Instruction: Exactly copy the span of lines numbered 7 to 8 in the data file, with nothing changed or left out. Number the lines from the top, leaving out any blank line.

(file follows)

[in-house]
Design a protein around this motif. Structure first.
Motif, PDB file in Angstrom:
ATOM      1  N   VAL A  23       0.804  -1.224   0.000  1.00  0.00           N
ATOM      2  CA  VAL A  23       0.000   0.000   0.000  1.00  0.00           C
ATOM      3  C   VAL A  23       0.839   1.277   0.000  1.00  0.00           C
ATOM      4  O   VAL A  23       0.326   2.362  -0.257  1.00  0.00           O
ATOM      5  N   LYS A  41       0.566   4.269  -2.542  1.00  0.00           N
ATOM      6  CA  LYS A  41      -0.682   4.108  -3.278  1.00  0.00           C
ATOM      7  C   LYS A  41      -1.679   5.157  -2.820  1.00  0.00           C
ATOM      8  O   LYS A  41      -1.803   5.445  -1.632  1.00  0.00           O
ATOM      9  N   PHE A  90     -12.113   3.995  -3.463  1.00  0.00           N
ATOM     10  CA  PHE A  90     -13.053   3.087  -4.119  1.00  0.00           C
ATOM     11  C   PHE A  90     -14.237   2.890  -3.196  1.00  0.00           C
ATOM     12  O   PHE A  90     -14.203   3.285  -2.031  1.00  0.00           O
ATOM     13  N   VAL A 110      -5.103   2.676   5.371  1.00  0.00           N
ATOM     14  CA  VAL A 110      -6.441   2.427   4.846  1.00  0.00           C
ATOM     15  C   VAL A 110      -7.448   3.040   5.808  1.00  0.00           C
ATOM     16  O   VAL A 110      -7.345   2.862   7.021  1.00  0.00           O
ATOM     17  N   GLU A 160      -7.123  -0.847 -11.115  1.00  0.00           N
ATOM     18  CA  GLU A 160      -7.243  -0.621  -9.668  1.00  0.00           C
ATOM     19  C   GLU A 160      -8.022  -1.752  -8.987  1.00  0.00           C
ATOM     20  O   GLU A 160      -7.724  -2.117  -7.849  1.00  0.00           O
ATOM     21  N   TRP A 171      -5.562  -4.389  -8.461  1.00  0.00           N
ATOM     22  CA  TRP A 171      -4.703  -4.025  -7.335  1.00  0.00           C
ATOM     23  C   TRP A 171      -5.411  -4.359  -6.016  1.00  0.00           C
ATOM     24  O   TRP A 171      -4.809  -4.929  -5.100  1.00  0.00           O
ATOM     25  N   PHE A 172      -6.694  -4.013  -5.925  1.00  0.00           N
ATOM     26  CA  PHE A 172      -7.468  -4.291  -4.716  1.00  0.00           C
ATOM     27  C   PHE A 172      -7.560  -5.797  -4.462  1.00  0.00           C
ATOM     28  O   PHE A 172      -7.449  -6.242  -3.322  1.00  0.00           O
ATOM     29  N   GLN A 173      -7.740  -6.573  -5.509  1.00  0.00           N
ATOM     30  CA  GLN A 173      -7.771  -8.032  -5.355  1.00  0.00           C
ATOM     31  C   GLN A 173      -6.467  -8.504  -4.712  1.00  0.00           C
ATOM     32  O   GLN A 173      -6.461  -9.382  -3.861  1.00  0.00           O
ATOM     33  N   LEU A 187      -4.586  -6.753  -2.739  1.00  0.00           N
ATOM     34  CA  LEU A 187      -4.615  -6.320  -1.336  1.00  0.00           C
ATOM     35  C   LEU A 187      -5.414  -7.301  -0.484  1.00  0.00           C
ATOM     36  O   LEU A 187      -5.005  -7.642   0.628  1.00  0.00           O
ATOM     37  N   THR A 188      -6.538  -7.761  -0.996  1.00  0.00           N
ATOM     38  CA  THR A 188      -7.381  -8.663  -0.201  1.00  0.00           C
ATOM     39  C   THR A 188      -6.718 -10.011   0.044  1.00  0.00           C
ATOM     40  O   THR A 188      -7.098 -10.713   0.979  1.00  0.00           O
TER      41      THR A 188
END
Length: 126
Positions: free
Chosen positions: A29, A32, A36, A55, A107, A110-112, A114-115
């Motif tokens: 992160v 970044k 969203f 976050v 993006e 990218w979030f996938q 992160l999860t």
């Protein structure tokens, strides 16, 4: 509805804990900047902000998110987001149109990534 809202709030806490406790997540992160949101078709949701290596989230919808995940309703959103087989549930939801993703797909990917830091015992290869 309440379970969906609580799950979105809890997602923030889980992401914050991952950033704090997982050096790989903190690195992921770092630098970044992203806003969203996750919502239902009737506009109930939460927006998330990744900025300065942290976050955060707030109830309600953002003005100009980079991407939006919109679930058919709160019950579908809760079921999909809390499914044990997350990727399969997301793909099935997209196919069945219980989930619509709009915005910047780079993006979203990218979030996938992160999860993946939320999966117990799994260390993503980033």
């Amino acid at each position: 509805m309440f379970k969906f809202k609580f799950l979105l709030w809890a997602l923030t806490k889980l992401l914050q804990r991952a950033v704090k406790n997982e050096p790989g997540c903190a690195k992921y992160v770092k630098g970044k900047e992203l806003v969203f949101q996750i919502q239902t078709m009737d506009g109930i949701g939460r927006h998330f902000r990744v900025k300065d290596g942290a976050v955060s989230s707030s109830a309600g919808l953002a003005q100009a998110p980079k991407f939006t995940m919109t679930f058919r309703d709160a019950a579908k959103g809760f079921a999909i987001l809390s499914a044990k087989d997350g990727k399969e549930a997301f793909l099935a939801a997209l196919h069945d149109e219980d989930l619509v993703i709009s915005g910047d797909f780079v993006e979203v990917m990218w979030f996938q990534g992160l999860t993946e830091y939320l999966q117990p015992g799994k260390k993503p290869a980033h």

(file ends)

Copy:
ATOM      4  O   VAL A  23       0.326   2.362  -0.257  1.00  0.00           O
ATOM      5  N   LYS A  41       0.566   4.269  -2.542  1.00  0.00           N